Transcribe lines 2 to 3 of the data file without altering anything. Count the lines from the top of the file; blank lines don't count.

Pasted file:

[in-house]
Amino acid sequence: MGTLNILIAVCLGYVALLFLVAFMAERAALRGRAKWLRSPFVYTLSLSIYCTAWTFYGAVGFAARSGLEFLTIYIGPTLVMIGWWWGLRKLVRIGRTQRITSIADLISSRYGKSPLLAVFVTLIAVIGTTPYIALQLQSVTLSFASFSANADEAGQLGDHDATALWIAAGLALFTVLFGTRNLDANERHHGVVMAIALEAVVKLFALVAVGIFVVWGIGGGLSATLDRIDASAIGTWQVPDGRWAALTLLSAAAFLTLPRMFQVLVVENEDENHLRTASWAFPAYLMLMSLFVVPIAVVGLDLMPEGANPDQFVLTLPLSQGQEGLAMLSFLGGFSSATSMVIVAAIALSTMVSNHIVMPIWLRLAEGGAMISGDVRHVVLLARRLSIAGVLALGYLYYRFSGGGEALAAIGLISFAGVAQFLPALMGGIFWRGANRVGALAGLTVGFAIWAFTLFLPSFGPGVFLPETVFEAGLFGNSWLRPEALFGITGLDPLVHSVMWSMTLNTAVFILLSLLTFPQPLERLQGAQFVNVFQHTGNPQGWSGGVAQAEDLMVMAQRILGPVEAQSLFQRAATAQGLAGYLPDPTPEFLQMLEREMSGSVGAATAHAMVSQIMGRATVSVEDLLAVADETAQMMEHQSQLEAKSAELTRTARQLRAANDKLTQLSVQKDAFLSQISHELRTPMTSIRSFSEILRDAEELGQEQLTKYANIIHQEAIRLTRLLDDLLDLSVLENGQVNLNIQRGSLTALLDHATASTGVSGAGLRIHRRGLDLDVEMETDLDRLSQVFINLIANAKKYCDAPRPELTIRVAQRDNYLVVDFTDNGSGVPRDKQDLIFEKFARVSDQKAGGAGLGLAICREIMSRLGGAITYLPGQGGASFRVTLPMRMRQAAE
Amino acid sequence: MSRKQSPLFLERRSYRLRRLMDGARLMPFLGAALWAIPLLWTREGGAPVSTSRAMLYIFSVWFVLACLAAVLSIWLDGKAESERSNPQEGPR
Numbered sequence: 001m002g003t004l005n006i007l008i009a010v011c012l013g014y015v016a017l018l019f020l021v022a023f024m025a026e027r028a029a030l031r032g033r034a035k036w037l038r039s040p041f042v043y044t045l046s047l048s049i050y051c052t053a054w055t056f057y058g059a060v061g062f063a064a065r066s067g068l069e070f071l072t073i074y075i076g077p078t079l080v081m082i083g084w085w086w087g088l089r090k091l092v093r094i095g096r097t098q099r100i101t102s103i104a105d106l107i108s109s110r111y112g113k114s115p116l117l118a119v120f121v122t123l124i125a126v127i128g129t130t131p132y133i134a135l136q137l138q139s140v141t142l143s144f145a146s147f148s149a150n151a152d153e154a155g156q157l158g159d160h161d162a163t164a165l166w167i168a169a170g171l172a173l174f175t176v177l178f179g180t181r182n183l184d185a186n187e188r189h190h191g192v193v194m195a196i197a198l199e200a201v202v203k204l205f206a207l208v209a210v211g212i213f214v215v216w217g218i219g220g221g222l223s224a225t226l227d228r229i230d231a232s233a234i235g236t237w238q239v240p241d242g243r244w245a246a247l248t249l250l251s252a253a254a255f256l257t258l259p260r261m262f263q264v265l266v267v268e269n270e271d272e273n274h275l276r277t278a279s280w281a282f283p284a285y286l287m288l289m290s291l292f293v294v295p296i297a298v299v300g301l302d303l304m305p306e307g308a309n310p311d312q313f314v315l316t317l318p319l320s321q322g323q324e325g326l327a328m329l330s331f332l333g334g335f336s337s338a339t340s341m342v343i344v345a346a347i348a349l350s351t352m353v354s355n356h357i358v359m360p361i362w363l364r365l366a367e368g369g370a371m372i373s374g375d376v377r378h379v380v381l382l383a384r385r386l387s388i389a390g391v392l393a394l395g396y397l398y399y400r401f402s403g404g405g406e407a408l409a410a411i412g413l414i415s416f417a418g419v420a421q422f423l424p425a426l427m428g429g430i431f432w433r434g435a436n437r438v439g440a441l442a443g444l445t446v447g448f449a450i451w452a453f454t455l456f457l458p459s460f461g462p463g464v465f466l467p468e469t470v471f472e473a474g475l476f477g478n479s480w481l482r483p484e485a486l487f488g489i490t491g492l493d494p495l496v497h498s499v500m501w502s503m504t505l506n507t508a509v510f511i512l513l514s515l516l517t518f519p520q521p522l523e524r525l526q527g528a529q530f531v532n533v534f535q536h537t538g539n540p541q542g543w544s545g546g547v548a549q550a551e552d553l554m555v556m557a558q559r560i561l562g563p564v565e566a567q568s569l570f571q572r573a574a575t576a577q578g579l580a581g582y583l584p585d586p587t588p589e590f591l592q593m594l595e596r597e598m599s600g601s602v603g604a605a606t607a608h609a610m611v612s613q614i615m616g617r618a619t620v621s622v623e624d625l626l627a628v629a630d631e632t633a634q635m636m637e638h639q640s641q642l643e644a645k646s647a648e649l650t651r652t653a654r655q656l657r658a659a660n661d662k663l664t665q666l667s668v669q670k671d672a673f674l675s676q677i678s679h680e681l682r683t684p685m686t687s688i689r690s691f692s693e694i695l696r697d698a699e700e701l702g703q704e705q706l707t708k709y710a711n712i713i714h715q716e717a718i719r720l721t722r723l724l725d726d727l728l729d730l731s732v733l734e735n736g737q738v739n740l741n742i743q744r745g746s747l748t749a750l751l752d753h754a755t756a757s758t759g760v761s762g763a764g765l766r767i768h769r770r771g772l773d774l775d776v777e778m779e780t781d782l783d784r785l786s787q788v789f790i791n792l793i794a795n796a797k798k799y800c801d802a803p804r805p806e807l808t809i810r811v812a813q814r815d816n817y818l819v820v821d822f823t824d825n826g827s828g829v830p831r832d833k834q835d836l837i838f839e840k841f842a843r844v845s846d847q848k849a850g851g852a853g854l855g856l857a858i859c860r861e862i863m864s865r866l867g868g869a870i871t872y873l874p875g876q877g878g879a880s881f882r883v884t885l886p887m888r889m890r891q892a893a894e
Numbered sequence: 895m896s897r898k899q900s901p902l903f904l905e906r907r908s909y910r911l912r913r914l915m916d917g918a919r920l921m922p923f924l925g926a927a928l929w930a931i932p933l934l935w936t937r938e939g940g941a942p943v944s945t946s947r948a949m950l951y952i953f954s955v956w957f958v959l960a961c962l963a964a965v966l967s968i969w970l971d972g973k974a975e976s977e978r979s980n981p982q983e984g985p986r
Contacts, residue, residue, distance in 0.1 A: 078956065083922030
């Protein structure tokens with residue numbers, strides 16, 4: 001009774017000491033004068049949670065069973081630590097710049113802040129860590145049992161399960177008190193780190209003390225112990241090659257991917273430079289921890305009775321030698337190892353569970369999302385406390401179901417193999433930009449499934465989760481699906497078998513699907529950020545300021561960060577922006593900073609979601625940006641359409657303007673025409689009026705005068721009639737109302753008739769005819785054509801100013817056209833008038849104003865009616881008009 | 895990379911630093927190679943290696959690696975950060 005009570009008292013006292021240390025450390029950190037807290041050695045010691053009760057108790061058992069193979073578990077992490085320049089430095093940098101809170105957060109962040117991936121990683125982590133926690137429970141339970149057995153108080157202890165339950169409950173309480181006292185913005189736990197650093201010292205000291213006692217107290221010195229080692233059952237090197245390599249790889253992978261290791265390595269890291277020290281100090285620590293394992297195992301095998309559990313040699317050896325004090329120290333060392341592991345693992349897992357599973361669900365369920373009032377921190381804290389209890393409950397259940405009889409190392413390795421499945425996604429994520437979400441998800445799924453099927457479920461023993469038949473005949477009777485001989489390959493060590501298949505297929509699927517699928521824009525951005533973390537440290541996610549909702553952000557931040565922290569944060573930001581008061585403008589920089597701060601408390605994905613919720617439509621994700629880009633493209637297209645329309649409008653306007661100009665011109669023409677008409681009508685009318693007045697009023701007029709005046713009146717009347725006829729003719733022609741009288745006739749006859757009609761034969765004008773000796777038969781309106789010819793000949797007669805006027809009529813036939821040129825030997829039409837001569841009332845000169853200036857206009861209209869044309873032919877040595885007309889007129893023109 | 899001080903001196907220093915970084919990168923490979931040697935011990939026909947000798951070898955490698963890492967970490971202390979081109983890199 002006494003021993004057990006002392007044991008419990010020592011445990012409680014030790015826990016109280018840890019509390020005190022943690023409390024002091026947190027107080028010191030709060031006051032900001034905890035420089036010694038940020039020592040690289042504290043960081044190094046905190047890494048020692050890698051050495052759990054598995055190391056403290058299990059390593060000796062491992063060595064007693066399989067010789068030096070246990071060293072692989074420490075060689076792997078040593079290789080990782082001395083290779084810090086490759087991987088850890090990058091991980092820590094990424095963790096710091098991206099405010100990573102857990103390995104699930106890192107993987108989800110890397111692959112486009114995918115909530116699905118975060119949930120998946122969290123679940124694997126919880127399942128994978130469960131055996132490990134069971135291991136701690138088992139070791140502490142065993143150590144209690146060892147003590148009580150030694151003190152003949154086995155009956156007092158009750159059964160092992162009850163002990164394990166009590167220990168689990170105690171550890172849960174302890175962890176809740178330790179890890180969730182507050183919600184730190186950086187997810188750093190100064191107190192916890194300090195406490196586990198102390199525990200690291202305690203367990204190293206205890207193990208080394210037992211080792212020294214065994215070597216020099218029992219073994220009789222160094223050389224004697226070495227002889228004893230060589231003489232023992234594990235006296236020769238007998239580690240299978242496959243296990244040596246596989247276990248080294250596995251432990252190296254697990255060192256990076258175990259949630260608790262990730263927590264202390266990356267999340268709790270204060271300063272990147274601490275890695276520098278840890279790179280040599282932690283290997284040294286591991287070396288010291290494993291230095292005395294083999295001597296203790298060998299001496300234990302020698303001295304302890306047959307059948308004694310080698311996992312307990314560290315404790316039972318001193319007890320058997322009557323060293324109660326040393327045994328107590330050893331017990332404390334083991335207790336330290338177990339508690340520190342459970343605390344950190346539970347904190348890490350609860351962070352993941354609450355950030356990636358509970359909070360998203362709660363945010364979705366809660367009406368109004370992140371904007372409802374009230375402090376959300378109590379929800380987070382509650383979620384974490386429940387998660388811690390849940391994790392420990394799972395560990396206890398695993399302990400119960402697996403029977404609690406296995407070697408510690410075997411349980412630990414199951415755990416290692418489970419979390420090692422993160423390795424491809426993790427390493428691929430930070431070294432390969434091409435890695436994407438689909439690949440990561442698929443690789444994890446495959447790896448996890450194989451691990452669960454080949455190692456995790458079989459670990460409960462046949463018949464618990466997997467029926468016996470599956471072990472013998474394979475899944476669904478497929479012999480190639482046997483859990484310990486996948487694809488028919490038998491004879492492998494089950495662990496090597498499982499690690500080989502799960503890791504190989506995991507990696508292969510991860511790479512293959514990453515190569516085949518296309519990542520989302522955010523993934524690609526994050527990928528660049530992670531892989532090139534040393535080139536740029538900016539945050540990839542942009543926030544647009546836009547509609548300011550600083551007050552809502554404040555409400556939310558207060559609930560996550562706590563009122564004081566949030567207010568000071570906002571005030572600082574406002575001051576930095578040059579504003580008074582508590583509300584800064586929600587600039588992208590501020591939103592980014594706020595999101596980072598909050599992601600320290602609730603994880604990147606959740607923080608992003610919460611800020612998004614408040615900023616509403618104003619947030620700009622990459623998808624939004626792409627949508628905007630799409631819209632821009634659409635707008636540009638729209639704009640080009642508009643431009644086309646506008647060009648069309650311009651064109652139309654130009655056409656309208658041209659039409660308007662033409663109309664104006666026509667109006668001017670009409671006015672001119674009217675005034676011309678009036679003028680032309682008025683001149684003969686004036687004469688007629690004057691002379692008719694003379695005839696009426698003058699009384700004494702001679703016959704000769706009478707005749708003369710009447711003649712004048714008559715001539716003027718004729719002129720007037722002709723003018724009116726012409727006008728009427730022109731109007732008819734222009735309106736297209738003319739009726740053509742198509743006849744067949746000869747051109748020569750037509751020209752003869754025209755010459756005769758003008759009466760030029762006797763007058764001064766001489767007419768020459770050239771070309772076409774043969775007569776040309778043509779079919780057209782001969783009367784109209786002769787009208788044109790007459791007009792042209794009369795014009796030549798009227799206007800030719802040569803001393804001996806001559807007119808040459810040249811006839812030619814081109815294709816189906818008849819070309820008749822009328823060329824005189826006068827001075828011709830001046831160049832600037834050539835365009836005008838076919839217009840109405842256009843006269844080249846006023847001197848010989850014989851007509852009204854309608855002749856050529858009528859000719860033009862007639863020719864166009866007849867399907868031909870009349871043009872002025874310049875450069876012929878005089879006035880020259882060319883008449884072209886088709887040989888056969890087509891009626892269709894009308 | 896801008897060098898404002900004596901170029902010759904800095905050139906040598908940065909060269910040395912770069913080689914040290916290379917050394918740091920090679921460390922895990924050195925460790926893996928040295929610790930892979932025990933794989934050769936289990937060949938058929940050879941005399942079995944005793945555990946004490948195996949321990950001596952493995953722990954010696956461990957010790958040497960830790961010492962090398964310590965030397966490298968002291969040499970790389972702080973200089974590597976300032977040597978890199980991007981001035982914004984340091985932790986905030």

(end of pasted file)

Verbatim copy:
Amino acid sequence: MGTLNILIAVCLGYVALLFLVAFMAERAALRGRAKWLRSPFVYTLSLSIYCTAWTFYGAVGFAARSGLEFLTIYIGPTLVMIGWWWGLRKLVRIGRTQRITSIADLISSRYGKSPLLAVFVTLIAVIGTTPYIALQLQSVTLSFASFSANADEAGQLGDHDATALWIAAGLALFTVLFGTRNLDANERHHGVVMAIALEAVVKLFALVAVGIFVVWGIGGGLSATLDRIDASAIGTWQVPDGRWAALTLLSAAAFLTLPRMFQVLVVENEDENHLRTASWAFPAYLMLMSLFVVPIAVVGLDLMPEGANPDQFVLTLPLSQGQEGLAMLSFLGGFSSATSMVIVAAIALSTMVSNHIVMPIWLRLAEGGAMISGDVRHVVLLARRLSIAGVLALGYLYYRFSGGGEALAAIGLISFAGVAQFLPALMGGIFWRGANRVGALAGLTVGFAIWAFTLFLPSFGPGVFLPETVFEAGLFGNSWLRPEALFGITGLDPLVHSVMWSMTLNTAVFILLSLLTFPQPLERLQGAQFVNVFQHTGNPQGWSGGVAQAEDLMVMAQRILGPVEAQSLFQRAATAQGLAGYLPDPTPEFLQMLEREMSGSVGAATAHAMVSQIMGRATVSVEDLLAVADETAQMMEHQSQLEAKSAELTRTARQLRAANDKLTQLSVQKDAFLSQISHELRTPMTSIRSFSEILRDAEELGQEQLTKYANIIHQEAIRLTRLLDDLLDLSVLENGQVNLNIQRGSLTALLDHATASTGVSGAGLRIHRRGLDLDVEMETDLDRLSQVFINLIANAKKYCDAPRPELTIRVAQRDNYLVVDFTDNGSGVPRDKQDLIFEKFARVSDQKAGGAGLGLAICREIMSRLGGAITYLPGQGGASFRVTLPMRMRQAAE
Amino acid sequence: MSRKQSPLFLERRSYRLRRLMDGARLMPFLGAALWAIPLLWTREGGAPVSTSRAMLYIFSVWFVLACLAAVLSIWLDGKAESERSNPQEGPR